By mostly accepting Powell’s two premises, his critics could not challenge the content of his speech. But they could and did challenge his tone and lurid metaphors. Within 24 hours, Edward Heath had sacked Powell from the shadow cabinet and his political career was effectively over. Heath gave one reason for the sacking, namely the speech had been ‘racialist in tone and liable to exacerbate racial tensions’. The following Monday, a Times editorial described Powell’s speech as ‘evil’ and ‘disgraceful’, not because of its content, but ‘as Mr Heath observed, because it was racialist; that is, because it was calculated to inflame hatred between the races’. Heath then gave a television interview where he said nothing to distance his party from the content of Powell’s speech, but stated his determination ‘to do everything I can to prevent racial problems from developing into civil strife’. Powell’s Tory critics sought to avoid what he predicted – not with different policies, but with different language.
As for the Labour government, it shared the Tory view that a proper debate on race, racism and integration was not desirable. After nearly three weeks of silence on Powell’s speech, the prime minister Harold Wilson said: ‘I am not prepared to stand aside and see this country engulfed by the racial conflict which calculating orators or ignorant prejudice can create.’ Wilson went further when he declared, ‘There is a clear duty on the parliamentary leadership of government and of opposition parties to do all in our combined power to take these inflammatory issues out of politics’. After Powell’s brief interlude, race regained its status as an issue that was deemed unsuitable for a political debate involving the people.
It is true that in the immediate aftermath of Powell’s speech there appeared to be a groundswell of support for what Powell had said. The political elite seized on opinion polls and their own mailbags to justify their view that they stood between a racist populace and racial conflict. They saw it as their role to silence debate rather than lead it in a positive direction. Yet the public reaction was sharply divided and in need of leadership. In so far as a majority sided with Powell’s ideas, it was only because, of the two scenarios on offer, Powell’s at least had a degree of coherence. For if, as was the case, the political class did not believe that integration was possible, Powell’s critics seemed to have no credible solution. Indeed, their approach of sacking Powell and shutting down debate merely betrayed their own lack of ideas.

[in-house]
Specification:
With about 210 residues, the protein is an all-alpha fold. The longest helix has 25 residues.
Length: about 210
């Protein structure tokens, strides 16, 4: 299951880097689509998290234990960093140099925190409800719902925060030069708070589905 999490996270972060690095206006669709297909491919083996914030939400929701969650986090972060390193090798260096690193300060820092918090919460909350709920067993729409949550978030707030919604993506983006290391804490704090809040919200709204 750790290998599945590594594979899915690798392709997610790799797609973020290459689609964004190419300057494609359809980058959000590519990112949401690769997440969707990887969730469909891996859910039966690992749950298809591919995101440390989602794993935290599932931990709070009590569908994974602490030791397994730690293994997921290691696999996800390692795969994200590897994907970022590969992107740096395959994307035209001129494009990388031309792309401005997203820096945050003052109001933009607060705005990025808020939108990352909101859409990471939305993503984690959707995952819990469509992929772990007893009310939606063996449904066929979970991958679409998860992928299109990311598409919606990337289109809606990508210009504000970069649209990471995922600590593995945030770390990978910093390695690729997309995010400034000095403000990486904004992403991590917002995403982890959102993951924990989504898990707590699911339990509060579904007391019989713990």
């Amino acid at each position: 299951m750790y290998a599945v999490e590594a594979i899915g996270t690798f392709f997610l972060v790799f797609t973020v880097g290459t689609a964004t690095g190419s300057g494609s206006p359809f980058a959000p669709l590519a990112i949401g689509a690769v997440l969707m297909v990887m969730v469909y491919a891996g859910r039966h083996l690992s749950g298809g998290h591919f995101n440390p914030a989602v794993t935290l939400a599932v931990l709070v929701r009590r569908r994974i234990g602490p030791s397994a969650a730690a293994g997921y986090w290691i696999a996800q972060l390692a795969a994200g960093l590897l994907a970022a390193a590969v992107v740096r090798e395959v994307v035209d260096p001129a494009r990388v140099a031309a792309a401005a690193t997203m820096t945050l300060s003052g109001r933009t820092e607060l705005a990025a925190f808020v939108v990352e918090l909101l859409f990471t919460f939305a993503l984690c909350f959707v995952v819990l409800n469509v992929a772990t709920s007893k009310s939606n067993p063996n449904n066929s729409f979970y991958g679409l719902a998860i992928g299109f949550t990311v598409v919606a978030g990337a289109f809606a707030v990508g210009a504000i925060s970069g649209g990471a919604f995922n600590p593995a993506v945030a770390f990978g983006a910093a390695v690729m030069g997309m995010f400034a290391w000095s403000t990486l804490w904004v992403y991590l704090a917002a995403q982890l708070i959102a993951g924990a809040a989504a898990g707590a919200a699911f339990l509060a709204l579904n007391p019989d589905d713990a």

After Powell’s sacking, a few hundred London dockers marched to parliament in support of Powell and in the hope of speaking to their MPs. There was other protest action in support of Powell around the country. But as The Times noted in its report on the dockers’ protest, ‘hardly any of the home-made banners betrayed racialist sentiments, with the emphasis on free speech and Mr Powell’s right to say what he said’. The Times also noted how ‘trade unionists opposed to racialism were not slow to react. A mass meeting of shop stewards at Ford’s Dagenham factory denounced Mr Powell’s speech as “defamatory and demagogic”.’